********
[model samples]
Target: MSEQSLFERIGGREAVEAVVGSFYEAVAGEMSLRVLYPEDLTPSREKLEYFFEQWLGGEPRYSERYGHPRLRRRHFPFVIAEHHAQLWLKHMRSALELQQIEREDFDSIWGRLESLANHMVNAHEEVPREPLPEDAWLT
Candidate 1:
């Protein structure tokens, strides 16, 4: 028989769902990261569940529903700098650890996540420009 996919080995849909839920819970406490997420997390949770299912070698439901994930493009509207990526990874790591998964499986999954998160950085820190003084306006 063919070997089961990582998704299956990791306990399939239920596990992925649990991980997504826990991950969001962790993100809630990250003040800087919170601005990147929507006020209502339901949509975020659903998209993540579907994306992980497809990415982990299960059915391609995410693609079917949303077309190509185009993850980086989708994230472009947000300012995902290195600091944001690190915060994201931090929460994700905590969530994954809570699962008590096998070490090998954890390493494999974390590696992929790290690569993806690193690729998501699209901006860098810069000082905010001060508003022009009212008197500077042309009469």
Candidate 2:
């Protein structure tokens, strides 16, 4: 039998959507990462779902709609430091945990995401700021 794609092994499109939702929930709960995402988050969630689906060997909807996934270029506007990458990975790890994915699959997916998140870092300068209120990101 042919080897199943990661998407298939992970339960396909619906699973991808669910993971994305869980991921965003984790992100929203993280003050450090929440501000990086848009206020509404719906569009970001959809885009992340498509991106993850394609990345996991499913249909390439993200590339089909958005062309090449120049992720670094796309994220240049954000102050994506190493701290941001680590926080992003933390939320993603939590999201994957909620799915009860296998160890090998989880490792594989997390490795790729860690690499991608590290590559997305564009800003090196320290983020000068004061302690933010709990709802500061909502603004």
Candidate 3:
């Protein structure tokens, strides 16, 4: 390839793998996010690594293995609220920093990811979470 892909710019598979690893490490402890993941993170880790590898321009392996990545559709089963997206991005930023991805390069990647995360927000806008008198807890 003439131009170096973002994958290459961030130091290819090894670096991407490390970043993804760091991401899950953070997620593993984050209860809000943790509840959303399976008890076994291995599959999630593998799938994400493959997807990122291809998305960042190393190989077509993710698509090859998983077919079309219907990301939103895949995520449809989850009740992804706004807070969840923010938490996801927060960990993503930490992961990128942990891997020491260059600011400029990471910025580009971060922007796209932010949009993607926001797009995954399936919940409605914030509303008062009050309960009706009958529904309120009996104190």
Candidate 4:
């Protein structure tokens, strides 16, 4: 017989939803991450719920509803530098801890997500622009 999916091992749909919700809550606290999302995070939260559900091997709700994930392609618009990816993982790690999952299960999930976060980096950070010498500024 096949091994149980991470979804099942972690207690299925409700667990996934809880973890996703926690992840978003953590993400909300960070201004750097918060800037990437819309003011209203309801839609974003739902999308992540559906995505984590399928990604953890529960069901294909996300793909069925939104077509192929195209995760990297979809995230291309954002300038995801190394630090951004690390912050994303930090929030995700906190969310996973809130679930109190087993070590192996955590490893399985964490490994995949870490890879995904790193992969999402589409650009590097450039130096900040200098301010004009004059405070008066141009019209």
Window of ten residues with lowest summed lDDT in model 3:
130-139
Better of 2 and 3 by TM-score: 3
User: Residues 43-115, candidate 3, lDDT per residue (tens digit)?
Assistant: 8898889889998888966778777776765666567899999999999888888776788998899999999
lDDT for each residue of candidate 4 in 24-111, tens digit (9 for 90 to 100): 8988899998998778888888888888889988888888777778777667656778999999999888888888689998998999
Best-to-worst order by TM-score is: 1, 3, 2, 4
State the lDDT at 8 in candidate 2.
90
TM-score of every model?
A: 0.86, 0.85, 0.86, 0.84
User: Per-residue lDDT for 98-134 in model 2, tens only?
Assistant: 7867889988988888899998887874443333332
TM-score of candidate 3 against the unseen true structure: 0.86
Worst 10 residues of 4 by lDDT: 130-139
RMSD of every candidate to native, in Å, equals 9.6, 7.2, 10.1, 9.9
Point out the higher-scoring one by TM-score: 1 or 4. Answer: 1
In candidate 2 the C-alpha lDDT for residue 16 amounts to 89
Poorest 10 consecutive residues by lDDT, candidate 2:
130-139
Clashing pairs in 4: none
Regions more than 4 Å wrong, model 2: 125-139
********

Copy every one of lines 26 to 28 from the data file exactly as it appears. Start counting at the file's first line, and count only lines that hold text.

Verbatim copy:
RMSD of every candidate to native, in Å, equals 9.6, 7.2, 10.1, 9.9
Point out the higher-scoring one by TM-score: 1 or 4. Answer: 1
In candidate 2 the C-alpha lDDT for residue 16 amounts to 89